When the neighbors are all older too

When the neighbors are all older too

Of course, reasons for moving vary. Ms. Cave, 67, moved to Riderwood because “I was the girl who had to take care of my parents from a distance, and I swore I would never do that to my children,” she said .

At first, Ms Cave recalls: “I looked around and saw the walkers and the scooters and I thought, ‘My God, what have I done?’ » » Now, however, she enjoys the community college classes offered on campus, square dancing. and pickleball, shared meals. “The people are so interesting,” she added.

These graduated communities allow residents to be transferred to assisted living, nursing, or memory care units as their health deteriorates. It’s a perk that Carol Holmes Alpern, 81, learned to appreciate after she and her husband, Bowen Alpern, moved to Foulkeways, a Quaker-affiliated nonprofit continuing care community in Gwynedd, Pa. .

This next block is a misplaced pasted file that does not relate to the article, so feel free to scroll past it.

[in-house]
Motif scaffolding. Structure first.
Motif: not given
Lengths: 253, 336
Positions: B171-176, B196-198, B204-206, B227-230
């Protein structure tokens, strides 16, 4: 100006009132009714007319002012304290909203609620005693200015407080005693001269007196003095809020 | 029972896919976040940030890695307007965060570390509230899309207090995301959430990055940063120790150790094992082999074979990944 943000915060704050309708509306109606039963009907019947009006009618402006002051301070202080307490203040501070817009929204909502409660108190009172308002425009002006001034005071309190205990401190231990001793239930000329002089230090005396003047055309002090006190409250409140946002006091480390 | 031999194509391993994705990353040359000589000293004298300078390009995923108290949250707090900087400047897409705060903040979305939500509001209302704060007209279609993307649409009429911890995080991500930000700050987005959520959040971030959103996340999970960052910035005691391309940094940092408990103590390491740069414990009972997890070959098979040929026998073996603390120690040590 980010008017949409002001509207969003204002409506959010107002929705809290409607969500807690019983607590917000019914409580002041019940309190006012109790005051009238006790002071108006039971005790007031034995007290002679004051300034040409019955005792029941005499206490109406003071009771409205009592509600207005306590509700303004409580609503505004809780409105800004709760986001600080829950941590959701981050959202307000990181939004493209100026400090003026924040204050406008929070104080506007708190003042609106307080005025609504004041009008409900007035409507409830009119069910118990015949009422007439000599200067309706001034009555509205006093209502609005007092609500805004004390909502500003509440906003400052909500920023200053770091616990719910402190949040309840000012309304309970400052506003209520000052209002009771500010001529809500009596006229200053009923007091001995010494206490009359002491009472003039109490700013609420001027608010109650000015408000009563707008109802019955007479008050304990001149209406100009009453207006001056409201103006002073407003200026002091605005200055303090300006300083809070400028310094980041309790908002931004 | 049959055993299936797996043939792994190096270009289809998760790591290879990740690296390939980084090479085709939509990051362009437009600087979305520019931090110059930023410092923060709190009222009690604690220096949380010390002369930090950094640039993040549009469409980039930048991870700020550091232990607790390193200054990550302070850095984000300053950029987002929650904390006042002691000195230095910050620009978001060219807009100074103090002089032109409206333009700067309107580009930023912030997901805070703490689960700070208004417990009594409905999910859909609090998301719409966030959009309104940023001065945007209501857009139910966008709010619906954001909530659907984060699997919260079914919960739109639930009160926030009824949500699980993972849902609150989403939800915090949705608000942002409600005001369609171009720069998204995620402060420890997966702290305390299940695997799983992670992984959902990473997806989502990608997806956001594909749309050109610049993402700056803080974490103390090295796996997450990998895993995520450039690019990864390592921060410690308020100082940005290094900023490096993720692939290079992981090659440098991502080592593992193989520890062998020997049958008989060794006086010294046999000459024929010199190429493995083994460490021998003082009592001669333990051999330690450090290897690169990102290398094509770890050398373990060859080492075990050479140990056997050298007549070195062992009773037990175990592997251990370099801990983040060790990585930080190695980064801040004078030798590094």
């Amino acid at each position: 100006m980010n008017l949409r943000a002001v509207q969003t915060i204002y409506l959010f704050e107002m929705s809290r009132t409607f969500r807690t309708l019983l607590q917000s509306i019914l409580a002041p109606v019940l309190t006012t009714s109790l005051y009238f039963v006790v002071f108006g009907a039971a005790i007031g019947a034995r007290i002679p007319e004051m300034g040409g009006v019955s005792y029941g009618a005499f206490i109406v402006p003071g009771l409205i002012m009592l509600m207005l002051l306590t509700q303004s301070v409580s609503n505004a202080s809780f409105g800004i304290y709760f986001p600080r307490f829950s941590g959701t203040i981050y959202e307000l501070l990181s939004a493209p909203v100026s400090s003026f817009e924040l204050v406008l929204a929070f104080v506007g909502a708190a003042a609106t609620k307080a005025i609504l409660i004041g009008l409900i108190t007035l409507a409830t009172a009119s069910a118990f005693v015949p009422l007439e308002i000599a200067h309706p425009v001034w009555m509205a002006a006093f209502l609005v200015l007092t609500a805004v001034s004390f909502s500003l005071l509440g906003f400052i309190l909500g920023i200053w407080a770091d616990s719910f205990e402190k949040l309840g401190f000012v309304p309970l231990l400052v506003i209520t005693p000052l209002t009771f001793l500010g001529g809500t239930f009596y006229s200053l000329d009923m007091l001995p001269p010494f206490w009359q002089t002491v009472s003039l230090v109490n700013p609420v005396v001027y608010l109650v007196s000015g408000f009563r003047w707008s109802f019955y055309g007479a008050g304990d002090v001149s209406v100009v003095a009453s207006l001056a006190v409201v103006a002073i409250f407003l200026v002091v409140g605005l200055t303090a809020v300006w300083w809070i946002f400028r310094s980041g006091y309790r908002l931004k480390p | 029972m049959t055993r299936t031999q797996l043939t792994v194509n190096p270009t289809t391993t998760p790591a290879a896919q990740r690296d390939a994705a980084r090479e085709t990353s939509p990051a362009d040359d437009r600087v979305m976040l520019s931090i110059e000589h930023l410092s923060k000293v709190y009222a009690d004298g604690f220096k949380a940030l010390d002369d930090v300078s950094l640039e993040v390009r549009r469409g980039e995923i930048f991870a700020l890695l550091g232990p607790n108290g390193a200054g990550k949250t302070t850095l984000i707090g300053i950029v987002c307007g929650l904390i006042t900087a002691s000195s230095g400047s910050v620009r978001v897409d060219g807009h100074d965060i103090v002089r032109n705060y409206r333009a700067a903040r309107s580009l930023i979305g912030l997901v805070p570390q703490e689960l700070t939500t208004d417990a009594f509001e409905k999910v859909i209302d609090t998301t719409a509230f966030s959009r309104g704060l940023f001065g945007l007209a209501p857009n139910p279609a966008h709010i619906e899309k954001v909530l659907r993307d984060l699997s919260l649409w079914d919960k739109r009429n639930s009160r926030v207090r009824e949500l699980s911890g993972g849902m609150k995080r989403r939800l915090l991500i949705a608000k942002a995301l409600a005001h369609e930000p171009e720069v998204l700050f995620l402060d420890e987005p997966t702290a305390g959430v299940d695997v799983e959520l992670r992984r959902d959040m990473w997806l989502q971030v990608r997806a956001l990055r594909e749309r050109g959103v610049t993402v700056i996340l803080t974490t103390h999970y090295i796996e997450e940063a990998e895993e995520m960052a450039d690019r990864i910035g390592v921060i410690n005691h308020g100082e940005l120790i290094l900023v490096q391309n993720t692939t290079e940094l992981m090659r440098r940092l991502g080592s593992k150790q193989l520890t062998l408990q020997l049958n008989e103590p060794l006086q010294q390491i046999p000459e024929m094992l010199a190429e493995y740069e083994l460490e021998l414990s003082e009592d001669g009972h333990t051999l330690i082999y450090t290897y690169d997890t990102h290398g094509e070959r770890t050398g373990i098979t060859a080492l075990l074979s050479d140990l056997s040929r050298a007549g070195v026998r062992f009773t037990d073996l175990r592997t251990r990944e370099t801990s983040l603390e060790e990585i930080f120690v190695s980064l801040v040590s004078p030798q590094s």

A healthy 68 years old when he arrived in 2021, Mr. Alpern was diagnosed with a brain tumor the following year. When his wife could no longer care for him alone, he entered palliative care at Foulkeways Care Centre, a short walk from the couple’s apartment. Having the option of 24-hour help and unlimited visiting hours “probably saved my life,” Ms. Alpern said.

Her husband died last month and now, “I can’t imagine leaving,” she said. The other residents “not only supported us both, but cherished us.”

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Eric D. Eilerman

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